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Low internet access is driving inequality

Covid-19 and the great lockdown triggered a mass migration from analog to digital and highlighted that access to the Internet is crucial for socio-economic inclusion.

High-speed Internet is key for working from home, for children’s education when they can’t attend school in person, for telemedicine, for benefiting from social support programs and for enabling access to financial services for everyone, especially for those living in remote areas.

As this map shows the digital divide — the gap between those who have Internet access and those who don’t — is more like a chasm, both within and between countries.

Still, Internet usage remains a luxury: Half of the world’s population does not have access to the Internet, either through a mobile device or through fixed-line broadband.

Advanced economies like the United States, France, Germany, the United Kingdom, and Canada have the highest access rates. Big emerging economies show large disparities in the proportion of Internet users in their populations, which range from about two-thirds in Brazil and Mexico to about one-third in India.

Countries in sub-Saharan Africa, followed by many in emerging and developing economies in Asia, are among those with the lowest access to the Internet despite being world leaders in mobile money transactions There is also a large variation in Internet connectivity by firms in sub-Saharan African— only about 60% of businesses use email for business compared to about 85% in Europe and Central Asia.

  • Within countries. Income inequality and inequality of opportunity may worsen — even in advanced economies — because disadvantaged groups and people who live in rural areas have more limited Internet access. The disparity between men and women in their labor force participation, wages and access to financial services may increase where there is a gender gap in access to the Internet. This could be the case in many emerging and developing countries where fewer women than men own a mobile phone.
  • Between countries. The relatively low Internet access might depress productivity in emerging and developing countries. IMF staffs research finds that a one percentage point increase in the share of Internet users in the population raises per capita growth by 0.1-0.4 percentage points in sub-Saharan Africa. The Covid-19 pandemic demonstrates that having reliable Internet allows some businesses to continue operations amidst lockdowns, which keeps economies running.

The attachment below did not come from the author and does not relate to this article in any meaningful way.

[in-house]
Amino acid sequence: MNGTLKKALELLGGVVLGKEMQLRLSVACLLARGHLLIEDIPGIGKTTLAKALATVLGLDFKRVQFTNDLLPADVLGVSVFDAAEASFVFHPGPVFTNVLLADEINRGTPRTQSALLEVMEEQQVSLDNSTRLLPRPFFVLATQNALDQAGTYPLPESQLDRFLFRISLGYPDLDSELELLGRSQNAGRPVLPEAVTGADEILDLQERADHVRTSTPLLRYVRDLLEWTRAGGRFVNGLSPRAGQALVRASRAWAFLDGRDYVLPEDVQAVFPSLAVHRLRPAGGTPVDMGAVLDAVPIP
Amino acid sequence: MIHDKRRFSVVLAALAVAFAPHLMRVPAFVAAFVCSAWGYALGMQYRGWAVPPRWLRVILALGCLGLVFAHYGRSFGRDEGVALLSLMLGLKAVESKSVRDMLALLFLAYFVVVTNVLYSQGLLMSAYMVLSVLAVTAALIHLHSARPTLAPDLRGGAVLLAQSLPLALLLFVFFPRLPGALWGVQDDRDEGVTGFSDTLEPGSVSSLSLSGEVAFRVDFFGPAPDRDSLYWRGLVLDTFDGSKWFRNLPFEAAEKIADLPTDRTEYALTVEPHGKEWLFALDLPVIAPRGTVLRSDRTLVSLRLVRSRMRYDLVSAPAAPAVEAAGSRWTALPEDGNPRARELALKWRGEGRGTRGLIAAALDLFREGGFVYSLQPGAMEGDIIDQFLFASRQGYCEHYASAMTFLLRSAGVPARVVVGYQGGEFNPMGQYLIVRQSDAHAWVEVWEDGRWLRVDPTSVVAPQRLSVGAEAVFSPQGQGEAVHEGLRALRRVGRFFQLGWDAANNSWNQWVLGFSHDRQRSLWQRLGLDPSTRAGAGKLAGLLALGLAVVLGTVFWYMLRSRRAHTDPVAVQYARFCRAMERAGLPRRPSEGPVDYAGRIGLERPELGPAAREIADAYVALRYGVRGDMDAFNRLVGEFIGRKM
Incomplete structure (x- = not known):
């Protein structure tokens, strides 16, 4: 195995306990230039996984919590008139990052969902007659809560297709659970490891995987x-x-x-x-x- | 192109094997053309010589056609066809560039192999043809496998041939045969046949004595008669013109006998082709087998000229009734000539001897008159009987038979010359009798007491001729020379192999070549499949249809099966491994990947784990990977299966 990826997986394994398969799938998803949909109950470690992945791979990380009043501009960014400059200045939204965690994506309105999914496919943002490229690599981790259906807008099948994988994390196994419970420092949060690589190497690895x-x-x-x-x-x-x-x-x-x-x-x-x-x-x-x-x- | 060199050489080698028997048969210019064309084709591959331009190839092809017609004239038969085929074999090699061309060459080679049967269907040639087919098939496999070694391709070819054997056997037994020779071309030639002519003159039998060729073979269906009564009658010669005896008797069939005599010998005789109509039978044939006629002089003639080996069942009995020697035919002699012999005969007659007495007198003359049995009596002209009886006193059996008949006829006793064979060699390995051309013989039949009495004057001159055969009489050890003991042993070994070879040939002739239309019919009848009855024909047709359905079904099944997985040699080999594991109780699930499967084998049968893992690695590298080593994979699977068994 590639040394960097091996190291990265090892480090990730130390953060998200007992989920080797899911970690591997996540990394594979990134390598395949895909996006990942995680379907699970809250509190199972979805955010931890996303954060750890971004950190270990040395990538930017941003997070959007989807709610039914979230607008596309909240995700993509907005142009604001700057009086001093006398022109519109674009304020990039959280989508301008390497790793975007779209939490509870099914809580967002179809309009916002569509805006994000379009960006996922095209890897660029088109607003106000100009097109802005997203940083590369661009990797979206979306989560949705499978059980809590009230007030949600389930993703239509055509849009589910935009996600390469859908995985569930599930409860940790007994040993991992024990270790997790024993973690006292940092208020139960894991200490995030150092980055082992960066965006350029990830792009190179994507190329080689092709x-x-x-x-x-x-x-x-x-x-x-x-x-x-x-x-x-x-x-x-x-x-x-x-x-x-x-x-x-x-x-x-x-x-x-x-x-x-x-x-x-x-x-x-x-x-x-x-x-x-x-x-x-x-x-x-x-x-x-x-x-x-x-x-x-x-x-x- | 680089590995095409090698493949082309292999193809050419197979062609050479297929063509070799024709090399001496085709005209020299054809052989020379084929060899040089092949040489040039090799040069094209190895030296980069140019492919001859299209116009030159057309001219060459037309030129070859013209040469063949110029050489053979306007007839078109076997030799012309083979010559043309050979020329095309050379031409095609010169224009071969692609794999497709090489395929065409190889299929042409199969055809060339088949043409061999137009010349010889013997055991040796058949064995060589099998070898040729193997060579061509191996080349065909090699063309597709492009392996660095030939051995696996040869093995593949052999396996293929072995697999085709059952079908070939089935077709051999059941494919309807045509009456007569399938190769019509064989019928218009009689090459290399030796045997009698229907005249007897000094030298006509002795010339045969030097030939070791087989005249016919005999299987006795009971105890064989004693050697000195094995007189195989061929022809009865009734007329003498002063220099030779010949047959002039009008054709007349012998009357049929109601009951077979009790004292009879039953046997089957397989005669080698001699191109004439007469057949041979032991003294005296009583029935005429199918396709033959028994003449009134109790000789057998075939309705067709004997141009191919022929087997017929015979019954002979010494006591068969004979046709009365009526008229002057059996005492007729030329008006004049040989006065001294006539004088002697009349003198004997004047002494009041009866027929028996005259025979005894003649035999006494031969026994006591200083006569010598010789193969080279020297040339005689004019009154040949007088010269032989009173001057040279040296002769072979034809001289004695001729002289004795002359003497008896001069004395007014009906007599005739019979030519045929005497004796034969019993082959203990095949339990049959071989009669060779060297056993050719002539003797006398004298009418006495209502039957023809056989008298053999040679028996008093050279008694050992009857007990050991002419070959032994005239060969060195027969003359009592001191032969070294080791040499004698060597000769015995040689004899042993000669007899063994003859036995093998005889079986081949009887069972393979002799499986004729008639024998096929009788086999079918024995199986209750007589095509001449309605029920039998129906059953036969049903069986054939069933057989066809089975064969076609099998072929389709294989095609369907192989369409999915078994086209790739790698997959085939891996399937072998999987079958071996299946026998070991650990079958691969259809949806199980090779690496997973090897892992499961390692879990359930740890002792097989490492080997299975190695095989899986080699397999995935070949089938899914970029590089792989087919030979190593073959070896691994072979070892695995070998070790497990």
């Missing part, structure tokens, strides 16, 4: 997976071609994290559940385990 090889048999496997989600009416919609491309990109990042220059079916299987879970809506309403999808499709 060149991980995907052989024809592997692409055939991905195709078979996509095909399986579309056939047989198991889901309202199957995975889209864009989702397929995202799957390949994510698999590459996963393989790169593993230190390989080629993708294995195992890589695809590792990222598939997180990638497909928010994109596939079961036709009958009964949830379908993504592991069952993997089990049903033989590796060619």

So, how can policymakers support affordable and universal access to the Internet?

Governments can foster a digital-friendly business and regulatory environment for the private sector. This can be instrumental to accelerate and finance investments in infrastructure.

Government support, for instance by ensuring the Internet investment is complemented with universal electricity access, is essential. In addition, subsidies may be needed so that all households — including disadvantaged groups and those in rural and remote areas — have access to quality Internet, and to ensure there is no digital gender gap. For example, in response to the Covid-19 crisis, the governments of El Salvador, Malaysia, and Nepal have introduced free internet discounts.

Policies should also be geared toward closing the Internet gap for firms. Broadening small businesses’ access to financial products, such as loans, will allow these firms to undertake productive investments in information and communications technology. Governments could also see fiscal savings from digitalization. They can lower the public cost of tax compliance through greater access to taxpayer data and improved spending efficiency, which in turn, may help to finance these policies

Given the increasing role of the Internet for the economy and for accessing public services, policies to foster an inclusive recovery must aim to tackle the digital divide within and between countries.

 

vtuking

22 Comments

  1. Reply

    Tnks for this

  2. Reply

    Driving inequality indeed

  3. Reply

    100% true

  4. Profile photo ofItz Kvng Twitch

    Reply

    Very interesting

  5. Reply

    Technology has helped a lot

  6. Reply

    Thanks for sharing this update

  7. Reply

    This is quite insightful

  8. Reply

    It sure is

  9. Reply

    I tell you the mass has really migrated from analog to digital

  10. Reply

    good

  11. Reply

    nice

  12. Reply

    great

  13. Reply

    Hmm

  14. Reply

    I don’t get

  15. Reply

    Nice Post

  16. Reply

    It sure is

  17. Reply

    well done

  18. Reply

    Dats so poor
    Need 2 improve

  19. Reply

    Good

  20. Profile photo ofExcel01

    Reply

    Data is bae

  21. Reply

    Wonderful

  22. Profile photo ofYusuf

    Reply

    Good info

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